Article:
How to make a videogame wireframe case study Wasteland3 full wireframe

My wireframe for Wasteland III (Microsoft, InXile) that set the style for my wireframes after many years of research & development


Avoid Ambiguity:

When it comes to game UI wireframing, steer clear of ambiguity like a foodie stays away from sketchy sushi places. Consider a scenario where your wireframe is trying to show a simple, plain, ordinary “Settings” icon – but you’ve lost yah damn mind and tried to something wacky like a heart or a email icon. Instead of a vague or nebulous image, opt for a big-standard cogwheel icon or hamburger icon, leaving no room for interpretation. Some pieces of art you’ll absolutely want to reinvent from the ground up… but a lot of this has been taught to the audience and needs no reteaching. Ambiguity can lead to confusion during meetings with Design and Engineering, as well as in implementation, so be explicit in your representations to ensure a seamless transition from wireframe to actual UI elements.


Don’t Overcomplicate:

Don’t let your wireframes become a tangled web of complexity. Picture a role-playing game where the inventory screen is an utter mess of labyrinthine navigation and rarity colors. A terrible inventory in that genre is tantamount to a terrible game – period. Avoid overcomplicating with unnecessary details; focus on fundamental UI aspects in order or priority, or what we all just The Hierarchy for short. In the wireframe, prioritize the placement of crucial elements like navigation, button prompts, item slots (attaché case or list) and descriptions (embedded or pop-up), then work from those elements to lesser elements. Simplifying your wireframes ensures that the core functionality takes center stage without overwhelming visual noise.


Steer Clear of Inconsistent Styles:

Consistency is your ally, so steer clear of a design language that resembles a patchwork quilt. Imagine a game where navigation buttons follow different styles, shapes or colors for seemingly no rhyme or reason. Imagine the utter confusion going in trying to make sense of the work in the first 5 seconds, then the first 5 hours. I worked on Rage for id Software, and it had no less than 5(!) different aesthetics in the UI. Even though that couldn’t be helped as was an intimate part of the worldbuilding – Don’t be like me! In your wireframes, don’t let inconsistency reign. Maintain a unified design language; if your wireframe features sleek, minimalistic buttons, ensure this style persists across similar elements. This consistency prevents confusion and preserves the visual harmony of your game UI.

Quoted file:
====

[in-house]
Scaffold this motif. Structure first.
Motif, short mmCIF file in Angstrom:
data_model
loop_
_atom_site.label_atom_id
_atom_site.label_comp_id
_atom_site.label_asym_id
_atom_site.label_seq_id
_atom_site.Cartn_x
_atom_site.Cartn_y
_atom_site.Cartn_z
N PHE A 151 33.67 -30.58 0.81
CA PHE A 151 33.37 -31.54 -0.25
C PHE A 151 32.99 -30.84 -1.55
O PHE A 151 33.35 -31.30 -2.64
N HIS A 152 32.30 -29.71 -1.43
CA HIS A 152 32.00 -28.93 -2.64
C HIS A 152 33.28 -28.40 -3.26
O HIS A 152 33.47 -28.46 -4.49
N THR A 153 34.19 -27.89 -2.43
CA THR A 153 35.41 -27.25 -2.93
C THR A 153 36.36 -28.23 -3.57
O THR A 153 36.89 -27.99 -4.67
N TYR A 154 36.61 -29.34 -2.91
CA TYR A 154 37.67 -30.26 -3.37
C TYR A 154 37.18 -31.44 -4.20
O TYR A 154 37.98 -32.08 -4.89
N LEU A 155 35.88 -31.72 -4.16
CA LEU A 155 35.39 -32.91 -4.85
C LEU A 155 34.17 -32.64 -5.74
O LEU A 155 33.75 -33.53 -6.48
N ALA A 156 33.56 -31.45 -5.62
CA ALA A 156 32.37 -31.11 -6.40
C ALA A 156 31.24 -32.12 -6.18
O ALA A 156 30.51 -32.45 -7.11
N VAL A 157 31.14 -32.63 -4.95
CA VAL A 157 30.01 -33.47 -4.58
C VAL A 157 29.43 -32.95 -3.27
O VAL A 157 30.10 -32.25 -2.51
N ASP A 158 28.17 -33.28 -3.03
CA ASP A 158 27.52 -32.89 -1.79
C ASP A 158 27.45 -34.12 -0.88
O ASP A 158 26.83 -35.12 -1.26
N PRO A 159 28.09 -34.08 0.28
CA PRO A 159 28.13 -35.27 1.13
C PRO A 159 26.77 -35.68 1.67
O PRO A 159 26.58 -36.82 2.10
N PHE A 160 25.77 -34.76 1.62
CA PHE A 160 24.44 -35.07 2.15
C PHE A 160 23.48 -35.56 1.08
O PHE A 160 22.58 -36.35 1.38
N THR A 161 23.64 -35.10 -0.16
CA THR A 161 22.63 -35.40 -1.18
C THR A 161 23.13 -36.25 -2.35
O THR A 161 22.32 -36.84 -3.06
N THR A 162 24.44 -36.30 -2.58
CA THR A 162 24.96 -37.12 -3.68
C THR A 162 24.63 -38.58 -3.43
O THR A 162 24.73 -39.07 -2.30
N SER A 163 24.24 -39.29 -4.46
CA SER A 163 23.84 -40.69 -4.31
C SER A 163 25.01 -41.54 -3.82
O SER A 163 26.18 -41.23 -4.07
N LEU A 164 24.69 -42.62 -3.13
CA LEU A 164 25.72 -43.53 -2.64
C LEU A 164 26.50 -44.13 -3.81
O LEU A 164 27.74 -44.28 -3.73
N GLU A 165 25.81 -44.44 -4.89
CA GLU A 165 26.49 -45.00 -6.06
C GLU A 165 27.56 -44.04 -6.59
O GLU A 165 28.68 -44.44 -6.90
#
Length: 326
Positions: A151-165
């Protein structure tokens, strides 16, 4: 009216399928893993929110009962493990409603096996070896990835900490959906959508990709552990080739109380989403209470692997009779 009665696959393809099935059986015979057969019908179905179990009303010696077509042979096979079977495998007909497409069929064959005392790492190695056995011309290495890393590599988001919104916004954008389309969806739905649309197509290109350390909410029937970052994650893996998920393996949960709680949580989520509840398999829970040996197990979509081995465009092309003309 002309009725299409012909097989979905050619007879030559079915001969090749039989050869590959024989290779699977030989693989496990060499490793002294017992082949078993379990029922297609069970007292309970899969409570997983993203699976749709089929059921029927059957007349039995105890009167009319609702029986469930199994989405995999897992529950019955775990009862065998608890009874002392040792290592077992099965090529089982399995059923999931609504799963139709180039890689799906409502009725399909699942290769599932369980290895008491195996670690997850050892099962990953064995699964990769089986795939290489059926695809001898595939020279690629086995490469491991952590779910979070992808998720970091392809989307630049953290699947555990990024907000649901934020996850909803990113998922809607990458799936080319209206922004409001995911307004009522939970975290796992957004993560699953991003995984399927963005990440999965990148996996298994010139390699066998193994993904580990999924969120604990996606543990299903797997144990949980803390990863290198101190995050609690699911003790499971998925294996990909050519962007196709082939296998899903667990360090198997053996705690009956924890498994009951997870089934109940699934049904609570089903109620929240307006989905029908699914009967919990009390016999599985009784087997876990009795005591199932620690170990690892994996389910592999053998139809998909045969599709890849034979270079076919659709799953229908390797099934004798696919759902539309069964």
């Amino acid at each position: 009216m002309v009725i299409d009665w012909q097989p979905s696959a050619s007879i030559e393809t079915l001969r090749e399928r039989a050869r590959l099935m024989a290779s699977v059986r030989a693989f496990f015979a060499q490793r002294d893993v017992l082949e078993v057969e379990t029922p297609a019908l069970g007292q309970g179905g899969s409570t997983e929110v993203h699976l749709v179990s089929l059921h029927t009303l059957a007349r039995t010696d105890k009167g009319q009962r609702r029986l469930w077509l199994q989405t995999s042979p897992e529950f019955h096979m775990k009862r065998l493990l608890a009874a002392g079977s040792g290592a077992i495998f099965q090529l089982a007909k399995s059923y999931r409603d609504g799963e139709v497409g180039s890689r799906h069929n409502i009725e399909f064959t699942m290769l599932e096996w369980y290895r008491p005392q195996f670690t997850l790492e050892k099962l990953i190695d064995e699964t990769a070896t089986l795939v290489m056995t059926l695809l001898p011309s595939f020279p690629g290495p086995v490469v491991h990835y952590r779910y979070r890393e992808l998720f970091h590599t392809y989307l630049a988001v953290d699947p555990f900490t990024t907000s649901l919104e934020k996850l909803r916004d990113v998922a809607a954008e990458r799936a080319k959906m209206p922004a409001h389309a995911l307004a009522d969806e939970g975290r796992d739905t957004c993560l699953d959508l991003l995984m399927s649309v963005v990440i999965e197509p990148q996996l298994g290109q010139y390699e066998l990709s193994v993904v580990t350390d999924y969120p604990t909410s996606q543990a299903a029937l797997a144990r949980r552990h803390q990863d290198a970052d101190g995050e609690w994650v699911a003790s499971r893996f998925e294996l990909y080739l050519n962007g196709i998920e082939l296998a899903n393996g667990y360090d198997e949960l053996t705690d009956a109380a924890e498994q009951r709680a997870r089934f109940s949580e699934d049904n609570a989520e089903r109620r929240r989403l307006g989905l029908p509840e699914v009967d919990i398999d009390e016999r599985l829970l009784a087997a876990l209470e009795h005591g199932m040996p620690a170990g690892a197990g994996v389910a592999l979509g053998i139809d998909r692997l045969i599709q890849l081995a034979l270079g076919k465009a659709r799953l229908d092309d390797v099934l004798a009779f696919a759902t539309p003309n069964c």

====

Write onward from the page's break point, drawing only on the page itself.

Don’t Ignore User Feedback:

Ignoring user feedback in game UI wireframing is like sailing into stormy waters without a compass. Here’s a classic example for you: during testing, QA says there’s confusion about the weapon wheel. Some say it’s too many items on screen at once, others think there should be even more info like name, ammo, and stats. The feedback may not all be viable, but it’s all informative – and therein lies the dilemma: who do you listen to? Hmm? No, I ain’t got no answer! But you should listen to everybody, as it is, mercifully, the easiest part of your job.


Avoid Unrealistic Scope and Scale:

Imagine a character customization screen. Don’t let your wireframes include elements like extravagant customization options cascading on and on in technically or visually unrealistic ways. Instead, align your wireframe scope with the Player’s scope, that is to say, their inability to be overwhelmed. If the game’s scope allows for insane details in character customization, fine, but focus on realistic boundaries of comfort and legibility. This approach prevents complications during development and keeps your wireframes grounded in practicality.





Navigating the landscape of game UI wireframing as a beginner involves mastering the art of balance and clarity. By adhering to the do’s and avoiding the don’ts, you’ll set yourself on a path to creating effective, user-friendly wireframes that lay the groundwork for an exceptional gaming experience. It’s never about clean lines, perfect margins, or a tight grid system. It’s all about communicating the future in the present. Clarity of vision. As you embark on your wireframing journey, remember that learning from mistakes is as valuable as following best practices, contributing to your growth as a proficient game UI designer.